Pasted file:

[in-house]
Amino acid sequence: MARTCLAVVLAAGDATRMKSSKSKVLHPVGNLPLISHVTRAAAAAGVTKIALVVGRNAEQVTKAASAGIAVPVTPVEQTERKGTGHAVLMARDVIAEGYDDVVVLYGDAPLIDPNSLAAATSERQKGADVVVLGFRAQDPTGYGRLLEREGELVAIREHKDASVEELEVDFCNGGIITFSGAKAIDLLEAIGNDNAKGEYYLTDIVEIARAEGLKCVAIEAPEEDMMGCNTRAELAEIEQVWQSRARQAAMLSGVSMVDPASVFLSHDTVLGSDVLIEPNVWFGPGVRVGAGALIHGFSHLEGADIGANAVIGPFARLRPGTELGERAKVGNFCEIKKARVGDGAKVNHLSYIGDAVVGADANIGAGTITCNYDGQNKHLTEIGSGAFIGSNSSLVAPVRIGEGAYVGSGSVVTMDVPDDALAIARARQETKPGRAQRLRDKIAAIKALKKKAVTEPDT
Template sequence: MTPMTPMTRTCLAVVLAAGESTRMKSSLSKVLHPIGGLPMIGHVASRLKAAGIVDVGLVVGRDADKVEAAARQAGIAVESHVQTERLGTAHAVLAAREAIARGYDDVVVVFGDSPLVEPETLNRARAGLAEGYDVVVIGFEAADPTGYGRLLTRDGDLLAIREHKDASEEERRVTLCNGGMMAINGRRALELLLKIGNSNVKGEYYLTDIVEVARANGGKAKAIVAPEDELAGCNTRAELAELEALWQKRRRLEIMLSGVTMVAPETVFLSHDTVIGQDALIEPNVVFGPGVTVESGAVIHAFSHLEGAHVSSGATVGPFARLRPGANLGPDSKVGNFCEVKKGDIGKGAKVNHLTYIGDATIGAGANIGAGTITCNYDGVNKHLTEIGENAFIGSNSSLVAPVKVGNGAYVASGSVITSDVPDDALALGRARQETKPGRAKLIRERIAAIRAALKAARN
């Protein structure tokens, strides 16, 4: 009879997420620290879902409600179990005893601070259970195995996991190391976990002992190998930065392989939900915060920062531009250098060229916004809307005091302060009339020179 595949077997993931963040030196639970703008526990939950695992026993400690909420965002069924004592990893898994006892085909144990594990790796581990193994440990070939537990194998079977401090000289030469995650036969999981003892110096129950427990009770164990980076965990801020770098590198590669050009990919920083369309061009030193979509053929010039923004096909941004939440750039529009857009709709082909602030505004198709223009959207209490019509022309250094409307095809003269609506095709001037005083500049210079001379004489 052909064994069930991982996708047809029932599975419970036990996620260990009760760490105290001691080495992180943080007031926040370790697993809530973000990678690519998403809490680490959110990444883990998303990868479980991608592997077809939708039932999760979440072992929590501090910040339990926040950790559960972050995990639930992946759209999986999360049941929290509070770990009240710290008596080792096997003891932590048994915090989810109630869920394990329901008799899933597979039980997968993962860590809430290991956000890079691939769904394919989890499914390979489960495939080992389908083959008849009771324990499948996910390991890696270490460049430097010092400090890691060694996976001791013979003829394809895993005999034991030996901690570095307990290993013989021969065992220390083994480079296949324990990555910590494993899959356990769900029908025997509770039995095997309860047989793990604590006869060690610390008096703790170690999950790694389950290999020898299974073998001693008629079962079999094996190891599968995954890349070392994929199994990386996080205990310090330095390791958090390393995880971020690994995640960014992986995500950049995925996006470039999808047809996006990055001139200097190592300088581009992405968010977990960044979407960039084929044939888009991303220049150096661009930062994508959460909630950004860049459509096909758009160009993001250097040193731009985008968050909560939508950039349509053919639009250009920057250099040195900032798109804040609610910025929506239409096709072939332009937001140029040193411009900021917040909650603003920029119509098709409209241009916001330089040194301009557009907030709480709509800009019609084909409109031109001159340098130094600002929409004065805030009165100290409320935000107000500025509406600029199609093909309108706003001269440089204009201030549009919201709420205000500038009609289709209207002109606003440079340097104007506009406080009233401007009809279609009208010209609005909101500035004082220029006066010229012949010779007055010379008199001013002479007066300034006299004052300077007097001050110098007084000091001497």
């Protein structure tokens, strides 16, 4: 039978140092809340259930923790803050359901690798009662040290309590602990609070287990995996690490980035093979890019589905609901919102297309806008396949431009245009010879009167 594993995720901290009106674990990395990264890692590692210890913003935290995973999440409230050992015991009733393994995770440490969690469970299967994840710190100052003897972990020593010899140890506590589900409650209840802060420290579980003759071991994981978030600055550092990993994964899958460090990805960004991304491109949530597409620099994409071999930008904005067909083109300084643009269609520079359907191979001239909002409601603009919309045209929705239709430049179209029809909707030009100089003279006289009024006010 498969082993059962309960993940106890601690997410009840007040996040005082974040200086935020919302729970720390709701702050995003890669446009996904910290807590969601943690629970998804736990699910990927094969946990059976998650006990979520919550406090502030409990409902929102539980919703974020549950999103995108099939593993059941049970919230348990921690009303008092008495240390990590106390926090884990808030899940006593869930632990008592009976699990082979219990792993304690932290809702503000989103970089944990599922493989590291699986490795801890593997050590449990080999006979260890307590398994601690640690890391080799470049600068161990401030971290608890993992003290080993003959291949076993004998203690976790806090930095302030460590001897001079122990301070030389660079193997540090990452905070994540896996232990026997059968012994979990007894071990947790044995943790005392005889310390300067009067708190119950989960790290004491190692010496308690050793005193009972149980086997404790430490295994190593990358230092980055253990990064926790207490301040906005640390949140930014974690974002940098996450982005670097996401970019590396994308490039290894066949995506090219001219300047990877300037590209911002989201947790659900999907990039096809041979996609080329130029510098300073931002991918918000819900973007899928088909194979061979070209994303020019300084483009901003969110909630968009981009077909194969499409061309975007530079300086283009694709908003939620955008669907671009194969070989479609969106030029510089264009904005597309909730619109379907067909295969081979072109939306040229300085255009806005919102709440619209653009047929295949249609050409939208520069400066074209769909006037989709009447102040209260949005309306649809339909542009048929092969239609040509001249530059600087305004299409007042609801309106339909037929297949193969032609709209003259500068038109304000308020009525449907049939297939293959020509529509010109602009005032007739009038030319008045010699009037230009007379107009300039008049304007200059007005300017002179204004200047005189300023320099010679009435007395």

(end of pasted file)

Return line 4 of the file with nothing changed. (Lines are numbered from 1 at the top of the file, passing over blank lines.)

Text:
């Protein structure tokens, strides 16, 4: 009879997420620290879902409600179990005893601070259970195995996991190391976990002992190998930065392989939900915060920062531009250098060229916004809307005091302060009339020179 595949077997993931963040030196639970703008526990939950695992026993400690909420965002069924004592990893898994006892085909144990594990790796581990193994440990070939537990194998079977401090000289030469995650036969999981003892110096129950427990009770164990980076965990801020770098590198590669050009990919920083369309061009030193979509053929010039923004096909941004939440750039529009857009709709082909602030505004198709223009959207209490019509022309250094409307095809003269609506095709001037005083500049210079001379004489 052909064994069930991982996708047809029932599975419970036990996620260990009760760490105290001691080495992180943080007031926040370790697993809530973000990678690519998403809490680490959110990444883990998303990868479980991608592997077809939708039932999760979440072992929590501090910040339990926040950790559960972050995990639930992946759209999986999360049941929290509070770990009240710290008596080792096997003891932590048994915090989810109630869920394990329901008799899933597979039980997968993962860590809430290991956000890079691939769904394919989890499914390979489960495939080992389908083959008849009771324990499948996910390991890696270490460049430097010092400090890691060694996976001791013979003829394809895993005999034991030996901690570095307990290993013989021969065992220390083994480079296949324990990555910590494993899959356990769900029908025997509770039995095997309860047989793990604590006869060690610390008096703790170690999950790694389950290999020898299974073998001693008629079962079999094996190891599968995954890349070392994929199994990386996080205990310090330095390791958090390393995880971020690994995640960014992986995500950049995925996006470039999808047809996006990055001139200097190592300088581009992405968010977990960044979407960039084929044939888009991303220049150096661009930062994508959460909630950004860049459509096909758009160009993001250097040193731009985008968050909560939508950039349509053919639009250009920057250099040195900032798109804040609610910025929506239409096709072939332009937001140029040193411009900021917040909650603003920029119509098709409209241009916001330089040194301009557009907030709480709509800009019609084909409109031109001159340098130094600002929409004065805030009165100290409320935000107000500025509406600029199609093909309108706003001269440089204009201030549009919201709420205000500038009609289709209207002109606003440079340097104007506009406080009233401007009809279609009208010209609005909101500035004082220029006066010229012949010779007055010379008199001013002479007066300034006299004052300077007097001050110098007084000091001497």